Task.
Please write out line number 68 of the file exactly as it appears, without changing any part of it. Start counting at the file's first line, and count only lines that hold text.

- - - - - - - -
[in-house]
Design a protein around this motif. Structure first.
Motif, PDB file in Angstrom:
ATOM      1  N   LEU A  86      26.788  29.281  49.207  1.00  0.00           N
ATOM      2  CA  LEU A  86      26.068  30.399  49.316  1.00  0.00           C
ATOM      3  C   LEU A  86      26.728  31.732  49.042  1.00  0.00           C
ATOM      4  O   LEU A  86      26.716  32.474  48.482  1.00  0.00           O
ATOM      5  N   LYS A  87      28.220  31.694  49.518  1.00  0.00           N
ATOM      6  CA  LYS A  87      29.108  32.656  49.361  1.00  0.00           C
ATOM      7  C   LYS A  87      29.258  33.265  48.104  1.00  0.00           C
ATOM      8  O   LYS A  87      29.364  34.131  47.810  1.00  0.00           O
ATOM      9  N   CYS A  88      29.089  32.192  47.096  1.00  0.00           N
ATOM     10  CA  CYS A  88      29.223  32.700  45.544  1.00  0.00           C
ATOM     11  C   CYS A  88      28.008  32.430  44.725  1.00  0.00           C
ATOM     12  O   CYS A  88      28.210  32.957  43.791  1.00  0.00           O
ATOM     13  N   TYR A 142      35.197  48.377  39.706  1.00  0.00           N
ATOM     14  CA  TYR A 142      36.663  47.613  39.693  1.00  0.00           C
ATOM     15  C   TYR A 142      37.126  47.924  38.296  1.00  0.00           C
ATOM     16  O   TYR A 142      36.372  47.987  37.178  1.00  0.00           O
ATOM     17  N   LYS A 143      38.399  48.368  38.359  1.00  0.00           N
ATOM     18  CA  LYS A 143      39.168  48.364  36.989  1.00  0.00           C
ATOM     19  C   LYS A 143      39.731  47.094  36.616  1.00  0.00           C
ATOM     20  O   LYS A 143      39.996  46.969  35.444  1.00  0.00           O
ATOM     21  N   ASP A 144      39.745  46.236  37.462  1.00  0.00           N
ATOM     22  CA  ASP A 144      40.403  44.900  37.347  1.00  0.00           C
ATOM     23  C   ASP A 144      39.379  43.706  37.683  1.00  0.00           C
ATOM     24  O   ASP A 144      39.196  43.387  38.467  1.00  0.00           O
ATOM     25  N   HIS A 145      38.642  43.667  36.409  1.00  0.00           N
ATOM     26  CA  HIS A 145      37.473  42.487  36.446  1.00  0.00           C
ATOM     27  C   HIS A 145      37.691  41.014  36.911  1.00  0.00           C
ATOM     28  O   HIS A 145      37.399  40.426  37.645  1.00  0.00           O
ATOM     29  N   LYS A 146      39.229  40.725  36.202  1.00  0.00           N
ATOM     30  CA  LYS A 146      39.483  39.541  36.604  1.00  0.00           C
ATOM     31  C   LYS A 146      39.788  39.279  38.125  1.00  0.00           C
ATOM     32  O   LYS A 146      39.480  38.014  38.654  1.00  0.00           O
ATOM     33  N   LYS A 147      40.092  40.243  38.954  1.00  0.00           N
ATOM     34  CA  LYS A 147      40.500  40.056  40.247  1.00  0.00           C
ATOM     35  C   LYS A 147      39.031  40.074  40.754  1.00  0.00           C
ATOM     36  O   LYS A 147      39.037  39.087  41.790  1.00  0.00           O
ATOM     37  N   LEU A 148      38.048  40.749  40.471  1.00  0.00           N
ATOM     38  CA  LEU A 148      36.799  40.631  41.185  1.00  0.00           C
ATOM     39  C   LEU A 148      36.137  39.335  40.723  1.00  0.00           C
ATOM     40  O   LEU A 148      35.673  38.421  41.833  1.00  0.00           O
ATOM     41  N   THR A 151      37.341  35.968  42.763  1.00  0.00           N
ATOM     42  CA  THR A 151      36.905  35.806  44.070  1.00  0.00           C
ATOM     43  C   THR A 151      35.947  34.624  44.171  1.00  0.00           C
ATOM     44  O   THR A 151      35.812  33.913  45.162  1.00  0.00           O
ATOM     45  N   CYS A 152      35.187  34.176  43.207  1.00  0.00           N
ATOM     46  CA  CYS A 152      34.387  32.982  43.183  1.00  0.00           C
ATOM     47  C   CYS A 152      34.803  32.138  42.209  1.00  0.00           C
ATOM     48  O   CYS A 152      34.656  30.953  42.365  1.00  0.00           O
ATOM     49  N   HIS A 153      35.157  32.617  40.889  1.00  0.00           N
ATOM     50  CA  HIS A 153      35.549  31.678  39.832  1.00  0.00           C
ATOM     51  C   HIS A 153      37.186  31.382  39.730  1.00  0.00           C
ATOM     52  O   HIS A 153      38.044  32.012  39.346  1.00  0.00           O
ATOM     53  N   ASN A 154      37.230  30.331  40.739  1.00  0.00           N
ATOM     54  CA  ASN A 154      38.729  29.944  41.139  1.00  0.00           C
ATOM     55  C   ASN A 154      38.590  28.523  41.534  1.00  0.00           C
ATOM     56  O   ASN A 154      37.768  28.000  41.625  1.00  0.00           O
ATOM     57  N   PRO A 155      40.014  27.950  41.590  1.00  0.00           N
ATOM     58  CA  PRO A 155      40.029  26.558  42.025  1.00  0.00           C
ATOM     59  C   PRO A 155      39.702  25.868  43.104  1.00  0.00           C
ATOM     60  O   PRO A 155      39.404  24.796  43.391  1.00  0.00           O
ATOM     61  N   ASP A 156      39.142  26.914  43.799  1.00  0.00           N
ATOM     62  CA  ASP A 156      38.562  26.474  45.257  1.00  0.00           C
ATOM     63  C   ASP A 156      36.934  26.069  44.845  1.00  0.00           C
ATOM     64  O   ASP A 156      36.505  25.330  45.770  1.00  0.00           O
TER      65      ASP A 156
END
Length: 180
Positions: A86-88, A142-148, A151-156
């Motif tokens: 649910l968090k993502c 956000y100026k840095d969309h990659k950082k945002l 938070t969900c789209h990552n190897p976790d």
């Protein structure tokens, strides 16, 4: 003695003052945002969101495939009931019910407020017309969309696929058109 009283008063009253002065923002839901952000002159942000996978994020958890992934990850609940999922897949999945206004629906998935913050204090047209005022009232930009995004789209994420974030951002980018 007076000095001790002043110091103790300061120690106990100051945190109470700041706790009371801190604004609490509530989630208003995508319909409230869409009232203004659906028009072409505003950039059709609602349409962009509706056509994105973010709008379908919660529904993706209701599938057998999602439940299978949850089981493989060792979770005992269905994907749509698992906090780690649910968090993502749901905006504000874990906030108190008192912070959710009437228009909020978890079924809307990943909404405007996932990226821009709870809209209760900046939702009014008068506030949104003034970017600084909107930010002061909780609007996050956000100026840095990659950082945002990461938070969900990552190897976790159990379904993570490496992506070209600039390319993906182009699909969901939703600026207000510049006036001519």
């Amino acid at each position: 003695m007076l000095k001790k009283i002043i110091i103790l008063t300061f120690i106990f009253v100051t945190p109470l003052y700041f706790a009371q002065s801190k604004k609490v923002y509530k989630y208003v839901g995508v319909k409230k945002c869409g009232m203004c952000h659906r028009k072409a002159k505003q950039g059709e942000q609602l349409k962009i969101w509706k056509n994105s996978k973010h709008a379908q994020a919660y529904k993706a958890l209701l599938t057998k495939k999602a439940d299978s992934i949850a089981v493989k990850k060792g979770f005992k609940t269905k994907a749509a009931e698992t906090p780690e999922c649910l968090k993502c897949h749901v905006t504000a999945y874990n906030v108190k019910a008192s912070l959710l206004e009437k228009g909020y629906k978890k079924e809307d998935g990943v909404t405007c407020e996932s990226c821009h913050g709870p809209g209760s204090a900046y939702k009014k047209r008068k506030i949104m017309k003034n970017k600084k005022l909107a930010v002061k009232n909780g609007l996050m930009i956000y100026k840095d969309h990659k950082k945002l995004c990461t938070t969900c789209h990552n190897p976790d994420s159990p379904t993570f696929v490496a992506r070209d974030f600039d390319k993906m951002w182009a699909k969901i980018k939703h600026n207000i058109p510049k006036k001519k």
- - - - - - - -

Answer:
TER      65      ASP A 156